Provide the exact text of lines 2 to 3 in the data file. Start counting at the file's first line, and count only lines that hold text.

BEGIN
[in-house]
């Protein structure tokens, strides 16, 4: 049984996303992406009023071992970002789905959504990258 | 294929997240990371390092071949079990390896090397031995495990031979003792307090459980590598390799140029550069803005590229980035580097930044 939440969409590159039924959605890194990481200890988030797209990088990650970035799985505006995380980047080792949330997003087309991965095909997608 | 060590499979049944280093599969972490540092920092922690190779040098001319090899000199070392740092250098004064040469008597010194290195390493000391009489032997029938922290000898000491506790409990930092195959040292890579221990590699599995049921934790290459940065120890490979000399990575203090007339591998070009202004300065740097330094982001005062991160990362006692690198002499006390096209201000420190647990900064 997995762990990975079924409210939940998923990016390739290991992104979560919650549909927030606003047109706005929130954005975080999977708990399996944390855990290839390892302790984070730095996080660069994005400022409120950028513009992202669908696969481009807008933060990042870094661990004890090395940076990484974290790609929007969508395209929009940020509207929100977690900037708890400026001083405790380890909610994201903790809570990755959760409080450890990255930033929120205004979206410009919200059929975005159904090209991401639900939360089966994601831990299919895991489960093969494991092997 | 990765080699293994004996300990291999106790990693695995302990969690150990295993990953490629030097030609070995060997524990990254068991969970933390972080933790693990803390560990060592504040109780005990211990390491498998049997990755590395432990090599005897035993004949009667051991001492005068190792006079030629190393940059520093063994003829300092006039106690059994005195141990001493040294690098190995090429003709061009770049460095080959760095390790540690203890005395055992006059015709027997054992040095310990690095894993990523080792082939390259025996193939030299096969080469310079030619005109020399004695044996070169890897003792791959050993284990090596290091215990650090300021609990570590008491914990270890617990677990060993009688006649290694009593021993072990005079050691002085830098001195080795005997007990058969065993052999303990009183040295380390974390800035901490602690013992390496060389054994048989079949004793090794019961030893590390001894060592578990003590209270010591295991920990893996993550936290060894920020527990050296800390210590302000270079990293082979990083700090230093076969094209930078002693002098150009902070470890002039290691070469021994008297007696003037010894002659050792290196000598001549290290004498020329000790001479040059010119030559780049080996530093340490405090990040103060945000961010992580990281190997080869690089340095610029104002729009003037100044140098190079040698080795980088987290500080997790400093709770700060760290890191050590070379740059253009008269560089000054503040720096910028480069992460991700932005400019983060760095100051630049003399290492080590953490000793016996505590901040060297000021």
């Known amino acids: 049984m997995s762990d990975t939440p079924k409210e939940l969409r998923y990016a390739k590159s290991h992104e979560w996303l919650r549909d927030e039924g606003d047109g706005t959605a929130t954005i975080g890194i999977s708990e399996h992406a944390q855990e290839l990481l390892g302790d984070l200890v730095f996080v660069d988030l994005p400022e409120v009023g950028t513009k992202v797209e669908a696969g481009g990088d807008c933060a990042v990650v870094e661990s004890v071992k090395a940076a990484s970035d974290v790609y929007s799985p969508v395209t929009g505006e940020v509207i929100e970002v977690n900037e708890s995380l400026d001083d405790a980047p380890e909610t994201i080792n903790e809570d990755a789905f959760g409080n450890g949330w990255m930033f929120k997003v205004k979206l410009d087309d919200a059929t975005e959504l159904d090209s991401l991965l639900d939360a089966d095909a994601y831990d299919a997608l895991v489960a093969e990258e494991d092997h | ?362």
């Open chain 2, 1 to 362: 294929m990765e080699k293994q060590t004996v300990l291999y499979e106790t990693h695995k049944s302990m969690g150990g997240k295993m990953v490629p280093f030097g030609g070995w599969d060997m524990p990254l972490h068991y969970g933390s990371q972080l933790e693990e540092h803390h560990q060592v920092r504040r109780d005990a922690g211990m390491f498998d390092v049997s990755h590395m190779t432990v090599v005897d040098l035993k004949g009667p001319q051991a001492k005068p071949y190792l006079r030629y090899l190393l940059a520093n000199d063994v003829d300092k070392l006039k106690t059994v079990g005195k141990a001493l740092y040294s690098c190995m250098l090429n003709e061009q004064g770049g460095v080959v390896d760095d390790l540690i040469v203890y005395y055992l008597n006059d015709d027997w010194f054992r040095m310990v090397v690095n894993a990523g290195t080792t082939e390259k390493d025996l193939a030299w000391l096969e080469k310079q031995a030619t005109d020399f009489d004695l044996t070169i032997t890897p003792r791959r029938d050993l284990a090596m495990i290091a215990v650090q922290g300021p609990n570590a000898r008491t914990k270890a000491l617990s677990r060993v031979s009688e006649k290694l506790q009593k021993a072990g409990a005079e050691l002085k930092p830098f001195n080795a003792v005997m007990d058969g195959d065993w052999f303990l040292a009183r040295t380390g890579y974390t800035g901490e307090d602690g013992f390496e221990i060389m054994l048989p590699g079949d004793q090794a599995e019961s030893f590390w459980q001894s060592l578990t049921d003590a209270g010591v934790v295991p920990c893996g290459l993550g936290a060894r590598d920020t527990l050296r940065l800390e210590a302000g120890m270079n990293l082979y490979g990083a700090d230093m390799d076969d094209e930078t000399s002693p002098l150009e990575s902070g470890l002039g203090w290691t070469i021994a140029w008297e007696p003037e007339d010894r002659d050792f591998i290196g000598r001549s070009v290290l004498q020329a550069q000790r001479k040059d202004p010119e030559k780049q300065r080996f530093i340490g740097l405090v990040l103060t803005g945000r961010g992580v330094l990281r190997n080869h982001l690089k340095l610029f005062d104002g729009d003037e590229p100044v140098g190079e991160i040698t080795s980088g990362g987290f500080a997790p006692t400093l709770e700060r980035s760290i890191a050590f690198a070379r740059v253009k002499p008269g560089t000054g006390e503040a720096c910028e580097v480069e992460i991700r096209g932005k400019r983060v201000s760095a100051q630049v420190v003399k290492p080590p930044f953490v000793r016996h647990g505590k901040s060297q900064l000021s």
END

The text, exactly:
């Protein structure tokens, strides 16, 4: 049984996303992406009023071992970002789905959504990258 | 294929997240990371390092071949079990390896090397031995495990031979003792307090459980590598390799140029550069803005590229980035580097930044 939440969409590159039924959605890194990481200890988030797209990088990650970035799985505006995380980047080792949330997003087309991965095909997608 | 060590499979049944280093599969972490540092920092922690190779040098001319090899000199070392740092250098004064040469008597010194290195390493000391009489032997029938922290000898000491506790409990930092195959040292890579221990590699599995049921934790290459940065120890490979000399990575203090007339591998070009202004300065740097330094982001005062991160990362006692690198002499006390096209201000420190647990900064 997995762990990975079924409210939940998923990016390739290991992104979560919650549909927030606003047109706005929130954005975080999977708990399996944390855990290839390892302790984070730095996080660069994005400022409120950028513009992202669908696969481009807008933060990042870094661990004890090395940076990484974290790609929007969508395209929009940020509207929100977690900037708890400026001083405790380890909610994201903790809570990755959760409080450890990255930033929120205004979206410009919200059929975005159904090209991401639900939360089966994601831990299919895991489960093969494991092997 | 990765080699293994004996300990291999106790990693695995302990969690150990295993990953490629030097030609070995060997524990990254068991969970933390972080933790693990803390560990060592504040109780005990211990390491498998049997990755590395432990090599005897035993004949009667051991001492005068190792006079030629190393940059520093063994003829300092006039106690059994005195141990001493040294690098190995090429003709061009770049460095080959760095390790540690203890005395055992006059015709027997054992040095310990690095894993990523080792082939390259025996193939030299096969080469310079030619005109020399004695044996070169890897003792791959050993284990090596290091215990650090300021609990570590008491914990270890617990677990060993009688006649290694009593021993072990005079050691002085830098001195080795005997007990058969065993052999303990009183040295380390974390800035901490602690013992390496060389054994048989079949004793090794019961030893590390001894060592578990003590209270010591295991920990893996993550936290060894920020527990050296800390210590302000270079990293082979990083700090230093076969094209930078002693002098150009902070470890002039290691070469021994008297007696003037010894002659050792290196000598001549290290004498020329000790001479040059010119030559780049080996530093340490405090990040103060945000961010992580990281190997080869690089340095610029104002729009003037100044140098190079040698080795980088987290500080997790400093709770700060760290890191050590070379740059253009008269560089000054503040720096910028480069992460991700932005400019983060760095100051630049003399290492080590953490000793016996505590901040060297000021």
């Known amino acids: 049984m997995s762990d990975t939440p079924k409210e939940l969409r998923y990016a390739k590159s290991h992104e979560w996303l919650r549909d927030e039924g606003d047109g706005t959605a929130t954005i975080g890194i999977s708990e399996h992406a944390q855990e290839l990481l390892g302790d984070l200890v730095f996080v660069d988030l994005p400022e409120v009023g950028t513009k992202v797209e669908a696969g481009g990088d807008c933060a990042v990650v870094e661990s004890v071992k090395a940076a990484s970035d974290v790609y929007s799985p969508v395209t929009g505006e940020v509207i929100e970002v977690n900037e708890s995380l400026d001083d405790a980047p380890e909610t994201i080792n903790e809570d990755a789905f959760g409080n450890g949330w990255m930033f929120k997003v205004k979206l410009d087309d919200a059929t975005e959504l159904d090209s991401l991965l639900d939360a089966d095909a994601y831990d299919a997608l895991v489960a093969e990258e494991d092997h | ?362």